Either these people don't know a thing about net neutrality, or they don't know a thing about free markets. I am guessing it is a little both. Net neutrality is regulation of big business to ensure the free flow of information -- at its core it prohibits a telecommunications company from preferring one type of content over another. The network must be neutral to the bits flowing across its lines. Comcast could make a lot of money making sure that YouTube videos got preferred bandwidth while startup video providers were stuck in with rest of the data.
Lest you think that big companies dealing for bandwidth is a pie-in-the-sky proposition, none other than Google has tried to pen such deals - using ISP servers to cache its searches and proposing the construction of Google server farms next to ISPs with dedicated lines. There is a business logic to this: there are a lot of Google users and this would help them access Google faster. Thing is, it also gives a big player in the market an unfair advantage in the medium of communication.
This is not unlike the vertical monopoly Rockefeller created with Standard Oil. By owning every stage of production, from the oil derrick to the railroad, JDR both lowered his own cost and, more importantly, prevented others from using the same means to produce competing goods. That type of monopoly has since been heavily regulated.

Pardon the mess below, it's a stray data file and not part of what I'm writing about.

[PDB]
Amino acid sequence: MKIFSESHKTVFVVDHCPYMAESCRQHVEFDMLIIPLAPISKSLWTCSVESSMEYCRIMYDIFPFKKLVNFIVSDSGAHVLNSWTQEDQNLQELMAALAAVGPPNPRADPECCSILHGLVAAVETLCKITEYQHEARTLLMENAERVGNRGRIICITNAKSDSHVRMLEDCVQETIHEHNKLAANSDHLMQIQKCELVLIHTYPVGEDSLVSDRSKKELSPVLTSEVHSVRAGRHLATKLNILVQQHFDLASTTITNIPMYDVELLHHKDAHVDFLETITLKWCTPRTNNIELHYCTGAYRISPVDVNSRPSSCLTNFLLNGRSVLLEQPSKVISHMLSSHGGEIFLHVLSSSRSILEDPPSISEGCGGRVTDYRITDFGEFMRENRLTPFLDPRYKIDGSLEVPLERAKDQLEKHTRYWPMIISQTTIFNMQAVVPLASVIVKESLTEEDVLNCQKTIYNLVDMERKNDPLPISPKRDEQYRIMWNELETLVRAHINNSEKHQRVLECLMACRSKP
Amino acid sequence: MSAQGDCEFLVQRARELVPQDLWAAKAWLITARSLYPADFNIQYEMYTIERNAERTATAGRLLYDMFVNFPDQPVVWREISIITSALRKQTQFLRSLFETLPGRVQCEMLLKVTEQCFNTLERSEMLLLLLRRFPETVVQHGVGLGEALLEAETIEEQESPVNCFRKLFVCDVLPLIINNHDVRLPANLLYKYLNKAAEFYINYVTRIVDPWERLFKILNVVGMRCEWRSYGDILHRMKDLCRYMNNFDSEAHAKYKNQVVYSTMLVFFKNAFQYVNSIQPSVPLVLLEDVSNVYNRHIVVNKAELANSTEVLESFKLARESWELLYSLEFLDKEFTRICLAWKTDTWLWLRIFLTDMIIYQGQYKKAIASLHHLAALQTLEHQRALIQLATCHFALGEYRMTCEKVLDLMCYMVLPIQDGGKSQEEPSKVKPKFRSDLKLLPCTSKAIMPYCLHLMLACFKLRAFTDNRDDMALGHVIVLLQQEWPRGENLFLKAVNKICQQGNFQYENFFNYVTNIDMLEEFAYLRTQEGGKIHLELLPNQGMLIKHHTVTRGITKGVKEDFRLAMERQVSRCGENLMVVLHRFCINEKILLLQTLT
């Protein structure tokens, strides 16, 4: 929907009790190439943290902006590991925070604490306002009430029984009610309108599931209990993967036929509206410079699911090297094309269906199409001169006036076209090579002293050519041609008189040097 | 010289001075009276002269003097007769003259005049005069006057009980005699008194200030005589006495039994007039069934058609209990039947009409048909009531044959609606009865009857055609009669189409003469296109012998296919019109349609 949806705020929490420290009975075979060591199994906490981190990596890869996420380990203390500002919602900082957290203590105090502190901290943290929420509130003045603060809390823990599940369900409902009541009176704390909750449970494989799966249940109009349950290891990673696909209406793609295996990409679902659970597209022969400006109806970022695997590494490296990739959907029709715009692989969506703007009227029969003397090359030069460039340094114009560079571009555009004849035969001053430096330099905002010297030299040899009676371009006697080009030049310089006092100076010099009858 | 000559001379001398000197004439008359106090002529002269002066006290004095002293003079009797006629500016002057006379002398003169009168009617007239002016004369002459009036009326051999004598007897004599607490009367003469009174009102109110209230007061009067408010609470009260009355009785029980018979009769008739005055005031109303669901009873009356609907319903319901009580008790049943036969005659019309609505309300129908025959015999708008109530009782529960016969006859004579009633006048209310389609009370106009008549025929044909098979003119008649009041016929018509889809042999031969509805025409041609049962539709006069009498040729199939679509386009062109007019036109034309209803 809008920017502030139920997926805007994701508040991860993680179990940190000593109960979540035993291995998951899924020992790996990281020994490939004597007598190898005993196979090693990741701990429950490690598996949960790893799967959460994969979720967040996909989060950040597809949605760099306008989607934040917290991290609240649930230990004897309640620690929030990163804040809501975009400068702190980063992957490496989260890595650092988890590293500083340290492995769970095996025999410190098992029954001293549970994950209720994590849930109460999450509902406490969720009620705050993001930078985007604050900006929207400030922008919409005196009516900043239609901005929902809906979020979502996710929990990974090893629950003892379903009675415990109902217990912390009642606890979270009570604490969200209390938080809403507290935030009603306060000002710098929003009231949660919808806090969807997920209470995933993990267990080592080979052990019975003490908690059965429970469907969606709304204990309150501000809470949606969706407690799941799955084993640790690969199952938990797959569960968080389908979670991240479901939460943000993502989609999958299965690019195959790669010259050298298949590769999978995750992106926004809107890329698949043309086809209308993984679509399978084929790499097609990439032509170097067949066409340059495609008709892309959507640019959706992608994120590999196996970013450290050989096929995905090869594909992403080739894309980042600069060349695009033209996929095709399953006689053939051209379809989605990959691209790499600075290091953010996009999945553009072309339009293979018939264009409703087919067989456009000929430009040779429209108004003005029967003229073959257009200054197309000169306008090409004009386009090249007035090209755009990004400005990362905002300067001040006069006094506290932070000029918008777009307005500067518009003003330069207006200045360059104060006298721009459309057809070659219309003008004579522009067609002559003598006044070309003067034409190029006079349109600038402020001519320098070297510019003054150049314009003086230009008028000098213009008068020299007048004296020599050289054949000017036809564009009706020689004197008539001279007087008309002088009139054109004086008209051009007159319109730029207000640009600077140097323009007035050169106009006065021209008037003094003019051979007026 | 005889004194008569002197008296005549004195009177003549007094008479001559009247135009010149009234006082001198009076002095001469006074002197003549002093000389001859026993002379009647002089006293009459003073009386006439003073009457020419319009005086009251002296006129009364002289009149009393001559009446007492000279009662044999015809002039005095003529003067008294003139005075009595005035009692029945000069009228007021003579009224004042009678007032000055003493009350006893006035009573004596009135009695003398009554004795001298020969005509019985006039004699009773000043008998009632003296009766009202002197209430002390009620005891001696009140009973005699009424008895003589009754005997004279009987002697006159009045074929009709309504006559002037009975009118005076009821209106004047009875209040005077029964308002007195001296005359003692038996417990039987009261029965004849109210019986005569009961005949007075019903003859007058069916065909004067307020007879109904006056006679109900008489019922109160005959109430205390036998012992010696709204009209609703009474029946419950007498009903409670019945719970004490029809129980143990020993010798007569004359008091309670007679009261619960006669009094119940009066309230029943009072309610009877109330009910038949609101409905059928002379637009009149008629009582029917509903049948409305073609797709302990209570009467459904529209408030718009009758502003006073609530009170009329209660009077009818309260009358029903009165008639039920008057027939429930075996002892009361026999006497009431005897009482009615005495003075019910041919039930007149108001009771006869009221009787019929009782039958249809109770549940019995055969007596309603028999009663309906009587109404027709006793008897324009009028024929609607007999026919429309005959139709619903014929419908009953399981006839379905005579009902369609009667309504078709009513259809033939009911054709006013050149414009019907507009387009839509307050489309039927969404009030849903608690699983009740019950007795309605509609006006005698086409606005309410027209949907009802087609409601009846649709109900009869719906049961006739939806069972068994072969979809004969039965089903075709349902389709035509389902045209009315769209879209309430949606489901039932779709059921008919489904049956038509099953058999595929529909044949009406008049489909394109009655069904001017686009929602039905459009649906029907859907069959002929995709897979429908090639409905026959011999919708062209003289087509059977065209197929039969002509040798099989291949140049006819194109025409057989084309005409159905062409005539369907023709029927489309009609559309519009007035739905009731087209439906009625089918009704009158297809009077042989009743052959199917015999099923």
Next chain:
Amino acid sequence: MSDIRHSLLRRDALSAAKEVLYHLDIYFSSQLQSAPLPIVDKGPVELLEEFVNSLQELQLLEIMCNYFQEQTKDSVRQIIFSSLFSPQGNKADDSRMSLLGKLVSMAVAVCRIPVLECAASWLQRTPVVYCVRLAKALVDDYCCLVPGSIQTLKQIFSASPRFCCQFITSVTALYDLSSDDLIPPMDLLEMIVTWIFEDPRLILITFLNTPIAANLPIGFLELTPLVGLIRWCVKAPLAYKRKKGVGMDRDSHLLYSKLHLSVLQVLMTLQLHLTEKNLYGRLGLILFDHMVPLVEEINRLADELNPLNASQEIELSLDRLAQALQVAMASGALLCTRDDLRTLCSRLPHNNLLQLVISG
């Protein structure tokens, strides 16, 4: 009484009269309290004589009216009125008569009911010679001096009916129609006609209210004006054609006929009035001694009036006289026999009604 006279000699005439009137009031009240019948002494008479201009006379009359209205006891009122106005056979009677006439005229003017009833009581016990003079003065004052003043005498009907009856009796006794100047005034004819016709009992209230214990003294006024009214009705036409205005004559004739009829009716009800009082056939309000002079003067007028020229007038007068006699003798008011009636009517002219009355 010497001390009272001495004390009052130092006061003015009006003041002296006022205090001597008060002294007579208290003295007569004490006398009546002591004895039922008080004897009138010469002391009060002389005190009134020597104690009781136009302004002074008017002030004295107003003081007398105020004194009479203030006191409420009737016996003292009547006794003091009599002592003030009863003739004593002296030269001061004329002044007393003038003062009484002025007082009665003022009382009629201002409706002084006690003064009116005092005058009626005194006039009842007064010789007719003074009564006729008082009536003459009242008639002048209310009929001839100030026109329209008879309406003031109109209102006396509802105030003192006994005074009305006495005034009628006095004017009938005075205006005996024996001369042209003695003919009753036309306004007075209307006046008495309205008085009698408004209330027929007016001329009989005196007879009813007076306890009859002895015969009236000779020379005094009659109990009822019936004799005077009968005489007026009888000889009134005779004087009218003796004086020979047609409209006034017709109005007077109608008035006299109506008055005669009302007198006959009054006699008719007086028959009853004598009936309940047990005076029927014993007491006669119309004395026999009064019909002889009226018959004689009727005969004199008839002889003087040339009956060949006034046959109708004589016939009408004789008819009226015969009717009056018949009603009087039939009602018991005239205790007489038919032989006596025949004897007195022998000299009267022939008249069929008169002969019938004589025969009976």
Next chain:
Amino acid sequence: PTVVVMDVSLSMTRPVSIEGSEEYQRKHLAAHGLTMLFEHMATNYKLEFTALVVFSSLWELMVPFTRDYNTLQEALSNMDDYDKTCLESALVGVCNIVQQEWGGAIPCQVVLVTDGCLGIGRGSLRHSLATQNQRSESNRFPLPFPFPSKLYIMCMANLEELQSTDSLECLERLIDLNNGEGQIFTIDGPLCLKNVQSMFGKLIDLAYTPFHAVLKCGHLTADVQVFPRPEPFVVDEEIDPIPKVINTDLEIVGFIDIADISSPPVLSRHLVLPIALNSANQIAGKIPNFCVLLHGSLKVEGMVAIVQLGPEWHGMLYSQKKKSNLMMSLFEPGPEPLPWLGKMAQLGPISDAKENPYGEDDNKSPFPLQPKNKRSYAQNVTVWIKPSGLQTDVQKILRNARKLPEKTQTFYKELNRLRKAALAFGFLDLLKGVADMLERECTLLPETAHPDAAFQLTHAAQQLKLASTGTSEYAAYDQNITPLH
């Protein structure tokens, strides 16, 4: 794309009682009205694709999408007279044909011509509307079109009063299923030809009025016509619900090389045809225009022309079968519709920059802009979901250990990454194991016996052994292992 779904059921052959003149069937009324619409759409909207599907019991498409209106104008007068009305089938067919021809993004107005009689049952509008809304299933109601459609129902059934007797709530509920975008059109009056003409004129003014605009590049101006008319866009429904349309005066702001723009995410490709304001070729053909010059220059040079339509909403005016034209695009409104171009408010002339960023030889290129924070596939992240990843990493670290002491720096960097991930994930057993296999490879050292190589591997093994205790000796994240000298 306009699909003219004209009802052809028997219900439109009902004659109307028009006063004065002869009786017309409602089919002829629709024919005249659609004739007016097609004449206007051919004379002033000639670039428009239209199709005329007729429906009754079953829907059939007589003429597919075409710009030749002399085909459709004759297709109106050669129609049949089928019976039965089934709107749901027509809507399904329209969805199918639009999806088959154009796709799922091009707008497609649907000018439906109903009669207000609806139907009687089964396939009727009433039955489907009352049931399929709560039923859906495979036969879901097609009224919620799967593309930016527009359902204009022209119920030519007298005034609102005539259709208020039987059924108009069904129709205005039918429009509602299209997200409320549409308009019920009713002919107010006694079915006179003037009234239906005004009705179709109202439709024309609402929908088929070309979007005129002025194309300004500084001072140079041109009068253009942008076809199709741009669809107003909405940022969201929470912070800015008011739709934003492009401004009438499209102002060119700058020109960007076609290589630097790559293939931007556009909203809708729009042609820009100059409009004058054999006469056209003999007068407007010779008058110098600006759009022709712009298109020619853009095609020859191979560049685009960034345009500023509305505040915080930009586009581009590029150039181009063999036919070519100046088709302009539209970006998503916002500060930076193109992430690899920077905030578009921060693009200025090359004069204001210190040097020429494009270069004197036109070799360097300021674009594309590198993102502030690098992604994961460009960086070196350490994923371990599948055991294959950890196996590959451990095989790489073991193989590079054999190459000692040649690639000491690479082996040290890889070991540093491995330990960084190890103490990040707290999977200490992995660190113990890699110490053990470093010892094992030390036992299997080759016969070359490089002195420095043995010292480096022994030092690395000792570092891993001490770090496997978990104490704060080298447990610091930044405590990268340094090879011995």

The truth in a free market is that not everything is free. Rather, a free market functions most effectively when information flows freely. Any attempt to limit or alter the flow of information -- insider trading, collusion, etc. -- creates an inefficient market and represents an attempt to stifle competition. That reality gets interesting when one talks about telecoms. The lines are all run and maintained by private entities - in particular those providing the fiber that carries data signals. While we want enough competition to spur innovation in that area, we don't want these companies crossing the outer lining of their own wires and meddling with the substance of the data itself. The only thing that can come of that is to prefer one type of content over another.
Rather, these companies should put effort into making the whole system run faster for everyone. But won't that just reduce the cost of the service? Yes, and we'll use more. But what motivation will telecoms have to lay more cable if service is cheaper? Well, the federal government pitches in for that. Wait, there's federal money underlying all of this? Yes - now don't you feel a little better about ensuring that we all get equal access to the cable we helped fund?